For many years, Israelis used to lament that the local tech scene, while considered second only to Silicon Valley and generating many successful startups, has never been able to grow a world tech leader such as Nokia. Why don’t we have our own “Nokia?” people used to ask — while pointing a finger at entrepreneurs and investors alike.
Nokia has not been chosen accidentally. Originating in Finland, a country with a population of 5.4 million, it is an example that even small countries can grow a world tech leader. In its days of glory, Nokia was a global brand, had a market capitalization of €110 billion, employed tens of thousands of employees, operated in more than 150 countries and accounted for 16 percent of the Finnish export.
More than anything else, however, Nokia was a source of national pride to every Finnish person. Israelis, being very proud of their own tech ecosystem, were envious of the Finns for this achievement.
Nokia has been replaced by Apple, Google and Facebook as the embodiment of success — while totally missing the bigger picture. The U.S. economy is the largest in the world, and even Apple, the company with the highest market capitalization, accounts for just 0.5 percent of the U.S. GDP. Nokia, however, accounted for 20 percent of the Finnish GDP in 2011. It is no wonder, therefore, that the decline of Nokia had a profound impact on the Finnish economy and was described by some as going “from boom to bust.”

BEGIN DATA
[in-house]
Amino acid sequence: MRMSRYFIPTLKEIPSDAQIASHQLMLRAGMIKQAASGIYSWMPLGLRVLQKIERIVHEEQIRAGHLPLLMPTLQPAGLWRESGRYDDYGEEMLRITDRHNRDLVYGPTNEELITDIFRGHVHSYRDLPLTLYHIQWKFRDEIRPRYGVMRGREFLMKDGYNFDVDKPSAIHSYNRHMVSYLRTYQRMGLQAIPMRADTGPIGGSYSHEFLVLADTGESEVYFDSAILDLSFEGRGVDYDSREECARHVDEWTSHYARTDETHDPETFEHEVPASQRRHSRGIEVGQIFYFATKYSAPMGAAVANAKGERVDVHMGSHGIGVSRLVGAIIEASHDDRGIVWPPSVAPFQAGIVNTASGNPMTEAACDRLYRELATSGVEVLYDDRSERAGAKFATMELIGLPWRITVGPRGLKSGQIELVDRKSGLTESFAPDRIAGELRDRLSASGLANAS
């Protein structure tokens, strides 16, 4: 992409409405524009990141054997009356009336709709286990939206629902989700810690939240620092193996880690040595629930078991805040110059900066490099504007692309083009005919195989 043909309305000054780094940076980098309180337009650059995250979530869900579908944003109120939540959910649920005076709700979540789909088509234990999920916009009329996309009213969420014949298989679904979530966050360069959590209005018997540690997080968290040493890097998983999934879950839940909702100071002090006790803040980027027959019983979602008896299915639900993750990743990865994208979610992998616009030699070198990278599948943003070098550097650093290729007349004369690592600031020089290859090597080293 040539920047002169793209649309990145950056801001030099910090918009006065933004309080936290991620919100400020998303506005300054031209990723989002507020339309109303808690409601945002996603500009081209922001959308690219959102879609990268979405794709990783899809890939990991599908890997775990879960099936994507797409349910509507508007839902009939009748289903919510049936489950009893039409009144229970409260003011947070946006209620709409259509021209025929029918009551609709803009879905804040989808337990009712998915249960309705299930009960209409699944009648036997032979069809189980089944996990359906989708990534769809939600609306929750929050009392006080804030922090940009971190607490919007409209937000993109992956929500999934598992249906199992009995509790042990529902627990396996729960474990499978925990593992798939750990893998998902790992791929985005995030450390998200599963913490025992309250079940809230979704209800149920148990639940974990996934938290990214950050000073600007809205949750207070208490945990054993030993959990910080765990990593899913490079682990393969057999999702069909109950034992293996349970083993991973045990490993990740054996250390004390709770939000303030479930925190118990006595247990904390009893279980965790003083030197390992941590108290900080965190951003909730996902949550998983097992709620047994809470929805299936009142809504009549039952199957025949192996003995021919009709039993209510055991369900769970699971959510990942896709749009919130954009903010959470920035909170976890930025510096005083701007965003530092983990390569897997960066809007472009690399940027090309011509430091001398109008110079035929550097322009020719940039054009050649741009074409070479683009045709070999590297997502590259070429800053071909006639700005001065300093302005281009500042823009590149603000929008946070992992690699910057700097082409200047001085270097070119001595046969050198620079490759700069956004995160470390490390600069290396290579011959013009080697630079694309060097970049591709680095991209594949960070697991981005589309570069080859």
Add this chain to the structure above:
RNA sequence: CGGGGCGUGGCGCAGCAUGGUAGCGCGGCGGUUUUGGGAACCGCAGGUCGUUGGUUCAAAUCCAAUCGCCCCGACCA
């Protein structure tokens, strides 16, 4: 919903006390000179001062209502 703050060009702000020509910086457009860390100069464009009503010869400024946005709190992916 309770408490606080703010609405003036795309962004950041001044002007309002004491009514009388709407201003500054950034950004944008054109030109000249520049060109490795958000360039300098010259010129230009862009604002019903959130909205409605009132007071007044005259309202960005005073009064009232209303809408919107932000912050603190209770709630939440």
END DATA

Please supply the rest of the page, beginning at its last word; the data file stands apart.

In his renowned book Antifragile: Things That Gain From Disorder, Nassim Taleb tells a parable about two brothers, a banker and a taxi driver. Because of the variability of his income, the taxi driver keeps moaning that he does not have the job security of his brother. Taleb argues that this is an illusion. It is this volatility that makes him resilient to a Black Swan, an unforeseen event beyond one’s control, that eventually brings the income of the banker to a complete halt.
Economies are likewise more stable and robust when comprised of a wide and diverse set of companies. An economy that relies on a few giants, let alone a single one, is fragile. When such a giant collapses, it has a profound impact on the entire economy. Israel, being a small economy, would become more fragile if a real tech giant were to emerge, and, hence, is better off with a more diverse ecosystem without any giants.
The fact that Israel never generated a tech giant has, however, nothing to do with fragility. Fragility only explains why we shouldn’t regret it. The reasons it did not happen are quite different, and are related much more to the Israeli culture and the maturity of the Israeli tech ecosystem.
Israeli entrepreneurs are often accused of being sprinters, as opposed to marathon runners. Which is to say, they aim at a quick exit, usually after 3-5 years, and a deal size in the range of tens of millions up to low hundreds of millions. They are scolded for not having the skill or the stamina to build a billion-dollar venture.
Very few individuals are capable of being both a tech leader and a business leader.